Life in our Foothills November 2023 – A Man of Many Faces – Karl Schwartz

Published 2:05 pm Thursday, November 16, 2023

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Karl Schwartz moved to the Foothills area from Florida almost a decade ago. Since arriving, Schwartz, the son of a carpenter, has made an impact in the area by sharing his woodworking skills, and by teaching and sharing his work with the public. He’s been a regular Tryon Arts and Crafts School instructor and he built the ‘Bob the Giraffe’ statue at the Lanier Library. 

However, Karl, who grew up in Connecticut, has a background that goes far beyond his skills with a bandsaw. He also served as a Marine and as a computer engineer for NASA. 

One of the several moving wooden toys on wheels Karl has made over the years. (Photo courtesy of Will Barclift)

“I learned computer programming as a Marine. General Westmoreland needed warm bodies,” said Schwartz. “I basically ended up in computer programming simply because I could read well enough and passed a simple test.” 

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After leaving the Marines, Karl says, “I went to college and was thinking of being an oceanographer when they recommended that with my computer background, I go into engineering.” 

Karl put his skills to use working with an established truss-building company after college, where he used high-tech computers to determine the size that wooden trusses for various projects would need to be. He would then end up at NASA, where they needed “warm bodies” with a background in computer programming. 

Shwartz’s wooden mask. (Photo by Storme Smith)

He was employed at NASA through the first fifty space shuttle launches, working with other computer programmers in the Apollo building at Cape Canaveral. “They had a copy of the Apollo lander in the building with three chairs in it, so we would often go sit in there at night.”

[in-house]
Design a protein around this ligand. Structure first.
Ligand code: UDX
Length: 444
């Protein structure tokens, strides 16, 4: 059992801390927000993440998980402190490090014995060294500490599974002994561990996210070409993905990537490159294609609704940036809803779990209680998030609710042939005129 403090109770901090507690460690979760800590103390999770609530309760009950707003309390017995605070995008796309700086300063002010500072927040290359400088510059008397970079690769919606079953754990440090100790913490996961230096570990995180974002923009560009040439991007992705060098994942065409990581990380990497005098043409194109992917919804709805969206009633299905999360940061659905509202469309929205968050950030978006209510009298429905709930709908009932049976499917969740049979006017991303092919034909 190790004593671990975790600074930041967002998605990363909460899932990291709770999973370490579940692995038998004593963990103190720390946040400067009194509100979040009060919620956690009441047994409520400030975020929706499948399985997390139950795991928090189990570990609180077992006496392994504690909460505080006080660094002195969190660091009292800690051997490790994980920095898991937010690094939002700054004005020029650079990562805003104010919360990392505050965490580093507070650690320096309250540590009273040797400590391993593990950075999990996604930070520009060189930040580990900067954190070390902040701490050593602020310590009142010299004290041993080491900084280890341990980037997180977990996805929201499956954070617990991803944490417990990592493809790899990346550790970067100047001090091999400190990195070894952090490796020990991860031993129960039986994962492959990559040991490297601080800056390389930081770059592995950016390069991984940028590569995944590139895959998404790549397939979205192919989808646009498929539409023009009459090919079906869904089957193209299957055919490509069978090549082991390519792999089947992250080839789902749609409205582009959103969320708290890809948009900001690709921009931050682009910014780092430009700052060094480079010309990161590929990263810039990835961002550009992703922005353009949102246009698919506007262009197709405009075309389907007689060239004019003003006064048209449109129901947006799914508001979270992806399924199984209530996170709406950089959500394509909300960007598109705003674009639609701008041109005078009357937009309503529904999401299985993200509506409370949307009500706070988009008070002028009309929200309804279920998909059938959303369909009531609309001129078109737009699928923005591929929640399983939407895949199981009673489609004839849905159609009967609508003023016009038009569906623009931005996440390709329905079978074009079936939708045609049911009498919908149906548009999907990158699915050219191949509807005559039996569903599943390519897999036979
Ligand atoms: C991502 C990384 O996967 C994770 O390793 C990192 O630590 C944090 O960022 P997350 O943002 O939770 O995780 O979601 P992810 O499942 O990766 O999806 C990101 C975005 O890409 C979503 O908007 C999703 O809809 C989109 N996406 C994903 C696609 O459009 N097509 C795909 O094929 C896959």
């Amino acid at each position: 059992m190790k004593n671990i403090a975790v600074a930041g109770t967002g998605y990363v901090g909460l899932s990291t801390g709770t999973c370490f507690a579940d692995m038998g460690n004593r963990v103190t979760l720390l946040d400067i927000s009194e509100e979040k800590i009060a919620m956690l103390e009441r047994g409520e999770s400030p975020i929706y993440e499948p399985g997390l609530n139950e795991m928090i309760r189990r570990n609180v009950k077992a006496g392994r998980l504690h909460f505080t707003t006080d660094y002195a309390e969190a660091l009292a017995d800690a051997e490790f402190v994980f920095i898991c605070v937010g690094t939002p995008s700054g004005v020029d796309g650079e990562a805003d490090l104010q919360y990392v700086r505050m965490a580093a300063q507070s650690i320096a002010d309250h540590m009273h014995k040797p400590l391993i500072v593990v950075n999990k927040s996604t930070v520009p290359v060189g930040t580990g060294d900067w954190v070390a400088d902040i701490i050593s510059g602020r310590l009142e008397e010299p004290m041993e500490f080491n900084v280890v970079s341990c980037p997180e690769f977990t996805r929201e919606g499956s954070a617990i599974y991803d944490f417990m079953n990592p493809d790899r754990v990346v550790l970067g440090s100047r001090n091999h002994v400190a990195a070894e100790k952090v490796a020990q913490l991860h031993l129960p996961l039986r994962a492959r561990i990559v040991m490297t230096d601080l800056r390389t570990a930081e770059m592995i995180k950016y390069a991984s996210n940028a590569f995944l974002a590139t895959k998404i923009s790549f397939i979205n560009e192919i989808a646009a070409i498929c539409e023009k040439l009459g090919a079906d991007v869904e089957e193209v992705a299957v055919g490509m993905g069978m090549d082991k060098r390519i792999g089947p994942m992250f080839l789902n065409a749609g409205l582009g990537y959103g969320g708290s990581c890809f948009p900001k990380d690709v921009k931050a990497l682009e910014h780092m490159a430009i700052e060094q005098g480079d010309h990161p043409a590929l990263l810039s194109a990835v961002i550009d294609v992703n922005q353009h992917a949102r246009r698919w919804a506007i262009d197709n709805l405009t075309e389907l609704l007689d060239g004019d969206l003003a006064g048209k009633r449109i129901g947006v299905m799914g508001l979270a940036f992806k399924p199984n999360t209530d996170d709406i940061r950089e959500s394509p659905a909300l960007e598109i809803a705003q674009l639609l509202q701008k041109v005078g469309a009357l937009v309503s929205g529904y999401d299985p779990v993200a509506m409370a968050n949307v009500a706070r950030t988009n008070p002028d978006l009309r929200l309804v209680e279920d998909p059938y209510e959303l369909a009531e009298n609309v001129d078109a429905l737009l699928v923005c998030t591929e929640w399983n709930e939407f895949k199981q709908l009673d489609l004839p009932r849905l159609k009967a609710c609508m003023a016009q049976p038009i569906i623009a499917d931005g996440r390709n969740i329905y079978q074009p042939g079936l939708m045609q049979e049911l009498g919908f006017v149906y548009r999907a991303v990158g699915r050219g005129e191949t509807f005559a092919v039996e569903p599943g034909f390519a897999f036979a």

His background with computers led him from NASA to Three-Mile Island soon after the partial meltdown at the nuclear plant in Londonberry Township, Penn. “I worked there after the accident, changing everything from digital to analog. We put in an everchanging graph that would tell them the temperature or boron levels, making it easier for the reactors to monitor changes.”

A gourd used to showcase Karl’s jack-o-lantern-making class at TACS. (Photo courtesy Will Barclift)

Schwartz eventually moved on to South Florida Water Management, the oldest and largest of the state’s five water districts, using his computer skills to manage the water systems. But Karl, having been around woodworking most of his life, had never given up on his interest in creating things out of wood. 

A trip to Washington to visit his sister, an artist, sparked his interest in wood carving once again. 

Ceremonial masks carved by the indigenous people of the Pacific Northwest and Inuit tribes provided inspiration for Schwartz. He found the masks’ ability to invoke the spirit of animals to be enlightening. Karl has focused on carving masks and animal figures while developing his woodworking craft, and credits Bernard Edwards, another local TACS instructor, with helping him improve his skill set.